The answer was "yes," and that was the beginning of a 21-year association with the swing band, as Phillips has become not only the featured vocalist, but the band's Master of Ceremonies, as well.

"His advice to me, back then, was 'as long as you look at the people and know the words, you'll be fine,'" Phillips said. "It was a great opportunity for me."

Phillips has a special affinity for the music of the 30s, 40s and 50s, he said. Whether it's Bobby Darrin, Frank Sinatra or a standard by Tony Bennett, the ballads of the crooners are quite touching, he said.

"That era was so perfect for music, along with the big swing bands, there were also the composers; they were wonderful poets," Phillips said.

He cites the likes of Cole Porter, Johnny Mercer, the Gershwins, Sammy Kahn, Irving Berlin and Henry Mancini as some of the best.

While Phillips knows a few 100 songs by heart, he would normally sing about two or three per set at a big band performance. Some of the favorites people wanted were "New York, New York," "I've Got You Under My Skin" and "Over The Rainbow," he said.

"In the heyday of the big bands, it was a tough life because they were on the road every night," Phillips said. "But for us, and the folks we work with, it's been great. It's wonderful how supportive the band members are to each other; it really is a team effort."

While the band had a good take in those early days when they played monthly, it was never about the money, Moyer said.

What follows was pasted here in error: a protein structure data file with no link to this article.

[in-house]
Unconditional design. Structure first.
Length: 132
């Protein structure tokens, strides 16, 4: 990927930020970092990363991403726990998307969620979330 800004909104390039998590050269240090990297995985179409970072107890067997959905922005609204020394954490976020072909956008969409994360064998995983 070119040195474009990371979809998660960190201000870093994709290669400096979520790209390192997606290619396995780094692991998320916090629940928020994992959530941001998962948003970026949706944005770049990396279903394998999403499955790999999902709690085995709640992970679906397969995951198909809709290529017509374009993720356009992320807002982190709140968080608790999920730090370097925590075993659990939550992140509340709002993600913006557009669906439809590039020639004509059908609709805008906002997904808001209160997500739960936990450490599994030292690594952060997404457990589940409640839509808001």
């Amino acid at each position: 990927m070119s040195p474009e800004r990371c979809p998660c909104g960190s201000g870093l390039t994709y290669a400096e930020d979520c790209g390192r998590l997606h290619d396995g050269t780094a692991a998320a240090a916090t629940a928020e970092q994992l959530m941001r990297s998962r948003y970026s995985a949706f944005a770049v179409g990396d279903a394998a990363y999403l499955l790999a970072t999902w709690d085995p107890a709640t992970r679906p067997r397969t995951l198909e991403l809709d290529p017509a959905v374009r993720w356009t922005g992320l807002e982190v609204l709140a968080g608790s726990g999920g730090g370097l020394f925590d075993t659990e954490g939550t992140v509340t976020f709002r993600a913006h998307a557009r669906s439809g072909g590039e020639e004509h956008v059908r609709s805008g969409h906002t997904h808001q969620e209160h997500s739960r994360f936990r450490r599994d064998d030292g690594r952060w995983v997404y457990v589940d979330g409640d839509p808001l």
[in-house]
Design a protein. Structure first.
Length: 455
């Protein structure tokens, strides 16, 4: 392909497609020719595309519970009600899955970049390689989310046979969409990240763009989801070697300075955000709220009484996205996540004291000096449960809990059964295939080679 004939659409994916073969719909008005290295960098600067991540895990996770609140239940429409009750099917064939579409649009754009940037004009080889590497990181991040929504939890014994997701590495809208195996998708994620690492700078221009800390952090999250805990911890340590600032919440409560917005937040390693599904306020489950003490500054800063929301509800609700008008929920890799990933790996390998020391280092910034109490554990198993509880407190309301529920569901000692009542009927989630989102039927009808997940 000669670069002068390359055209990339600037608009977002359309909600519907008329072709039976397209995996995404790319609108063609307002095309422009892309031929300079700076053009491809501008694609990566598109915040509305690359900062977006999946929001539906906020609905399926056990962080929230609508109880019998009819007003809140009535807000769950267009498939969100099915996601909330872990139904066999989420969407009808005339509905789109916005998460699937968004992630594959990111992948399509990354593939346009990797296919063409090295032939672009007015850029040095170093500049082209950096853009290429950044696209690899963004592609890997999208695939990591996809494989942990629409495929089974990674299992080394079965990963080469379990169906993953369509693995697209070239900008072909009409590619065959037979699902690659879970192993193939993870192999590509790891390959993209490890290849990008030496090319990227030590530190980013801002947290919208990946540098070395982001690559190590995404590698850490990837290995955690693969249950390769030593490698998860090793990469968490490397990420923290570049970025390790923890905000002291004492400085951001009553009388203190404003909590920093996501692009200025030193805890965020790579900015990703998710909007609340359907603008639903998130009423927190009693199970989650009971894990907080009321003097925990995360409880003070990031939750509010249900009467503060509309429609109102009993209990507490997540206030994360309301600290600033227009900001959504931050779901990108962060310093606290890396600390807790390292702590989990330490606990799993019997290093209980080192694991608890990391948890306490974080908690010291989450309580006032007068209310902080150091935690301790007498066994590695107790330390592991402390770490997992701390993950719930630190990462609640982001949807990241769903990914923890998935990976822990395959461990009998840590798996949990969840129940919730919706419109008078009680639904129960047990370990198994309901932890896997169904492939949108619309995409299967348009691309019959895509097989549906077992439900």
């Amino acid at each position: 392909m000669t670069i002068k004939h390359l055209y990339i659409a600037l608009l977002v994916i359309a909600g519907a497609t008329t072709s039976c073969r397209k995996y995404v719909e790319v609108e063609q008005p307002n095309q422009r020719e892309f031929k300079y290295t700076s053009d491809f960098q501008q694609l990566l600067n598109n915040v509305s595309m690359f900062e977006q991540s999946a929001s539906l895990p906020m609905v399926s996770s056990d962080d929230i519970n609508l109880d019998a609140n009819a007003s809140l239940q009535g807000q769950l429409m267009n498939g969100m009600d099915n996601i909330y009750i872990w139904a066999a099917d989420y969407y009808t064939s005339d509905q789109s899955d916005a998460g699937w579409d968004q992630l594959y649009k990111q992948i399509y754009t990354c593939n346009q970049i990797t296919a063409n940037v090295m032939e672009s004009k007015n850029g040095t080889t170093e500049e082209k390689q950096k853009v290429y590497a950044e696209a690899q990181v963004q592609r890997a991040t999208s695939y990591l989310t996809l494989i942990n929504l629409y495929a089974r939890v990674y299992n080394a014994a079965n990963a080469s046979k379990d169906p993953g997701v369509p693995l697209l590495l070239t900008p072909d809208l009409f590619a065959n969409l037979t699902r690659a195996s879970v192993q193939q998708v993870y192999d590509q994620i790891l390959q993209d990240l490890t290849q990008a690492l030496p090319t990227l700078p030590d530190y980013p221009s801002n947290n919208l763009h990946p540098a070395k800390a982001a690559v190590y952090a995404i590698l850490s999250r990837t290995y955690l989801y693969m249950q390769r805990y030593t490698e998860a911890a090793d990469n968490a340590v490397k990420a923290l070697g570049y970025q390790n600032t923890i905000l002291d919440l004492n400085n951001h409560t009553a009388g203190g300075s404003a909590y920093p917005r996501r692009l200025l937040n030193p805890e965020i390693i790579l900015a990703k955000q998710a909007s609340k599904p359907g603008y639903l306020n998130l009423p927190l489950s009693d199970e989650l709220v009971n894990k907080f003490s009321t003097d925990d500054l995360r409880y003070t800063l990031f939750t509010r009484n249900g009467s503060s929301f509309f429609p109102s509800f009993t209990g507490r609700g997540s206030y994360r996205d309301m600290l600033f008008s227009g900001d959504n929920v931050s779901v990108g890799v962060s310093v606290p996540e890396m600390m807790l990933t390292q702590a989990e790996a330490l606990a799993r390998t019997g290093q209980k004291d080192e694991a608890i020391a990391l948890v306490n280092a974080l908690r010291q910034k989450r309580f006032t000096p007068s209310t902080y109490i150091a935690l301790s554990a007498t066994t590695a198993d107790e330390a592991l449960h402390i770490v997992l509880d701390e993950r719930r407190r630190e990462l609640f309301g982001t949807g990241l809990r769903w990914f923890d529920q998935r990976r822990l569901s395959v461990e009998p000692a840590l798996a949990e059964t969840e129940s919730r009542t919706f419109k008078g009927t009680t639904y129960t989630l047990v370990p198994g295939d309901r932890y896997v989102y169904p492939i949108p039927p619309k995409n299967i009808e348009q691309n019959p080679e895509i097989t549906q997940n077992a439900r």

"It's not really for the money that we do this, it's for the pleasure," Moyer said. "There's something about music that makes you happy."

Moyer began playing the trumpet as a child and also plays keyboards. He is the pianist for the swing band.

"I just play music every day," Moyer said. "I'm a music person, and I love this kind of music."

The band now rehearses in Lebanon's Senior Center on Maple Street. Even though the membership has changed nearly "100 percent," Moyer said, the musicians are all top performers.

"When you play in a section, (like trumpets) it's like horses pulling a wagon; you have to be a good musician, and have discipline," Moyer said. "You have to stay together. And the band is in good hands, we have some younger guys coming up and they'll keep it going."

The new soloist will be recent Penn State graduate and communication major Brandon Kisner will be taking over for Phillips.

Phillips will still be on stand-by if needed, but for now, said, "It's been a great run."

"I've enjoyed every minute of it and I certainly wish the band every success," Phillips added.

"Being a member of a swing band is like being "part of history that's still alive," Moyer said. "If there's one reason why swing music is still so popular, it's this: It's good music.

"We are of the swing era; it's a different type of music," Moyer continued. "It has melody, it has words, and the words make sense - they're either love songs or happy songs or a song from Broadway. It's a universal type of song; everybody knows and everybody likes to sing along. It's a happy kind of music and people enjoy listening and dancing to it and it's American music."